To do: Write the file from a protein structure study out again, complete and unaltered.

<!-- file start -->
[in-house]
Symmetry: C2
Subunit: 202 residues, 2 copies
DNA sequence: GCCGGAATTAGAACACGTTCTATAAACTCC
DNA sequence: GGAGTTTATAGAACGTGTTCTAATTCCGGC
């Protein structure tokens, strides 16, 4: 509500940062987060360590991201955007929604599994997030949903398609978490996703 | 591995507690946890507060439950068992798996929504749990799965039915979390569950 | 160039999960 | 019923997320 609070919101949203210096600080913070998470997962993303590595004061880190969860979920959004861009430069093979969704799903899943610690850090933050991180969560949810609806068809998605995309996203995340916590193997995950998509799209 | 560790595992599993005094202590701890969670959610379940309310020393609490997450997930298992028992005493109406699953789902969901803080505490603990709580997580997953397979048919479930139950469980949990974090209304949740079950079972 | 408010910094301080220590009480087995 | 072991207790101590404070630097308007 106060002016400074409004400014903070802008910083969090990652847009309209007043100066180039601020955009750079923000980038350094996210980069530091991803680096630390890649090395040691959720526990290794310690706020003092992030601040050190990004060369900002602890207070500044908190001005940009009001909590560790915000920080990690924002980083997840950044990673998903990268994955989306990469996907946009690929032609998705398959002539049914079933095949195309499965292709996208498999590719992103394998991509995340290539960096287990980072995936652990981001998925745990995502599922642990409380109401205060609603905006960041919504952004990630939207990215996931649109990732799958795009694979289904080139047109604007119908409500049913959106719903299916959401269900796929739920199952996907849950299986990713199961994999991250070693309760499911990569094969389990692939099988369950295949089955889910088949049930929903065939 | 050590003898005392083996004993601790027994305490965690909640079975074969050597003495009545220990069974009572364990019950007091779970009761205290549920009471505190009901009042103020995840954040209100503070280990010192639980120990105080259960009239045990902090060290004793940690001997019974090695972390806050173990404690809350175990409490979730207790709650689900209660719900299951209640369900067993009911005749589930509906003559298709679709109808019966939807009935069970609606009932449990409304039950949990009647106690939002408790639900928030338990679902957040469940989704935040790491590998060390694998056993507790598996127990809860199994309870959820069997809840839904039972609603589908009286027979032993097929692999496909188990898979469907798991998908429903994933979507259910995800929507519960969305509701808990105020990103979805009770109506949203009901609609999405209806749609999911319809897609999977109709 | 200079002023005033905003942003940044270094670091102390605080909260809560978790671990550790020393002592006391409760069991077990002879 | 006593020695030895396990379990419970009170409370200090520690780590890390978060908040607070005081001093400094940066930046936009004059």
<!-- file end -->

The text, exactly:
[in-house]
Symmetry: C2
Subunit: 202 residues, 2 copies
DNA sequence: GCCGGAATTAGAACACGTTCTATAAACTCC
DNA sequence: GGAGTTTATAGAACGTGTTCTAATTCCGGC
């Protein structure tokens, strides 16, 4: 509500940062987060360590991201955007929604599994997030949903398609978490996703 | 591995507690946890507060439950068992798996929504749990799965039915979390569950 | 160039999960 | 019923997320 609070919101949203210096600080913070998470997962993303590595004061880190969860979920959004861009430069093979969704799903899943610690850090933050991180969560949810609806068809998605995309996203995340916590193997995950998509799209 | 560790595992599993005094202590701890969670959610379940309310020393609490997450997930298992028992005493109406699953789902969901803080505490603990709580997580997953397979048919479930139950469980949990974090209304949740079950079972 | 408010910094301080220590009480087995 | 072991207790101590404070630097308007 106060002016400074409004400014903070802008910083969090990652847009309209007043100066180039601020955009750079923000980038350094996210980069530091991803680096630390890649090395040691959720526990290794310690706020003092992030601040050190990004060369900002602890207070500044908190001005940009009001909590560790915000920080990690924002980083997840950044990673998903990268994955989306990469996907946009690929032609998705398959002539049914079933095949195309499965292709996208498999590719992103394998991509995340290539960096287990980072995936652990981001998925745990995502599922642990409380109401205060609603905006960041919504952004990630939207990215996931649109990732799958795009694979289904080139047109604007119908409500049913959106719903299916959401269900796929739920199952996907849950299986990713199961994999991250070693309760499911990569094969389990692939099988369950295949089955889910088949049930929903065939 | 050590003898005392083996004993601790027994305490965690909640079975074969050597003495009545220990069974009572364990019950007091779970009761205290549920009471505190009901009042103020995840954040209100503070280990010192639980120990105080259960009239045990902090060290004793940690001997019974090695972390806050173990404690809350175990409490979730207790709650689900209660719900299951209640369900067993009911005749589930509906003559298709679709109808019966939807009935069970609606009932449990409304039950949990009647106690939002408790639900928030338990679902957040469940989704935040790491590998060390694998056993507790598996127990809860199994309870959820069997809840839904039972609603589908009286027979032993097929692999496909188990898979469907798991998908429903994933979507259910995800929507519960969305509701808990105020990103979805009770109506949203009901609609999405209806749609999911319809897609999977109709 | 200079002023005033905003942003940044270094670091102390605080909260809560978790671990550790020393002592006391409760069991077990002879 | 006593020695030895396990379990419970009170409370200090520690780590890390978060908040607070005081001093400094940066930046936009004059």